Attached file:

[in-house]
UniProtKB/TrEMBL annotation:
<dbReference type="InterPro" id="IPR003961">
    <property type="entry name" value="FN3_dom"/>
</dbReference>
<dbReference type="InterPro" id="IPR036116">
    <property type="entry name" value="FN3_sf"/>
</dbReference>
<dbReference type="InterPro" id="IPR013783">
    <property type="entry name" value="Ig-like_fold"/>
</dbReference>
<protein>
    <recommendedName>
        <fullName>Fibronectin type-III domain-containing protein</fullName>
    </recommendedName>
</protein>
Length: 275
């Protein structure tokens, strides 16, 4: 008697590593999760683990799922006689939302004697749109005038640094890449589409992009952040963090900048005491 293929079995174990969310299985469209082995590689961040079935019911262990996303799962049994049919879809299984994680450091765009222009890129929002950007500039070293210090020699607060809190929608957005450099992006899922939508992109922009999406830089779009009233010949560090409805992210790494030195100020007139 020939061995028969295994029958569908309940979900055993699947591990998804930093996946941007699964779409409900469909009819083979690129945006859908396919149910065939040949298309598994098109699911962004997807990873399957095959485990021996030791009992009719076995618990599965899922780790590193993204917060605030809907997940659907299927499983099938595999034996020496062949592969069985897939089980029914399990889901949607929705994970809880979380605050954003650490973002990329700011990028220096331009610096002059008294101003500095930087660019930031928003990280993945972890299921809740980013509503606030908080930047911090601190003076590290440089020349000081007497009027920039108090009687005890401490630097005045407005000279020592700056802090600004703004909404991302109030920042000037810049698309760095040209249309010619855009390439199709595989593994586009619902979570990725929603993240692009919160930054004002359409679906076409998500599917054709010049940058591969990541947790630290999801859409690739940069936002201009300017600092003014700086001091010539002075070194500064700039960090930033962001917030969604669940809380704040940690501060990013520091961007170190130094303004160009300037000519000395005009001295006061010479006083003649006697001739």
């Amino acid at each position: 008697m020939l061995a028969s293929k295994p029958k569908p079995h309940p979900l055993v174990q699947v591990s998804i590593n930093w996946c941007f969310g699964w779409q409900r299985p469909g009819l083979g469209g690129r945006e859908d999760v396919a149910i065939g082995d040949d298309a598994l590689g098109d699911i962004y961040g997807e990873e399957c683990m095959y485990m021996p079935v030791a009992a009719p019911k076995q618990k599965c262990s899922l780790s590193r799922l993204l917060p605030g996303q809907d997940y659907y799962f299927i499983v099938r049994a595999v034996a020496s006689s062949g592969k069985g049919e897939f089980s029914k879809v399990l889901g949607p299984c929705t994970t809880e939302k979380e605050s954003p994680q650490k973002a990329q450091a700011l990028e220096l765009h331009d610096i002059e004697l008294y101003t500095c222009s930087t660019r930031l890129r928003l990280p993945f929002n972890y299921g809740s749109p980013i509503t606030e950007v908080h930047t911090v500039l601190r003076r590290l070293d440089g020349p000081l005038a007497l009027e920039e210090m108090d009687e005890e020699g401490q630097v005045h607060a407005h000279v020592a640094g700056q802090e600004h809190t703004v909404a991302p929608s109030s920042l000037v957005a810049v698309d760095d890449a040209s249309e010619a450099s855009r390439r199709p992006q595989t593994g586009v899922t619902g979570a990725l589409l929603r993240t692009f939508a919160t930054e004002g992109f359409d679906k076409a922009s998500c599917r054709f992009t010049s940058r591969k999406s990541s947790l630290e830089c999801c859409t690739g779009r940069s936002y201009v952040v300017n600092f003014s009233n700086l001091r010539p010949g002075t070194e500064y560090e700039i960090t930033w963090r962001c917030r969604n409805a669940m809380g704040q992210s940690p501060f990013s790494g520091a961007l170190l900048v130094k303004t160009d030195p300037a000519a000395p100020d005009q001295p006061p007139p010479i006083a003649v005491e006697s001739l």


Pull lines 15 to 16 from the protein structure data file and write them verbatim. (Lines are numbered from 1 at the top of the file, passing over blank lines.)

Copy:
    </recommendedName>
</protein>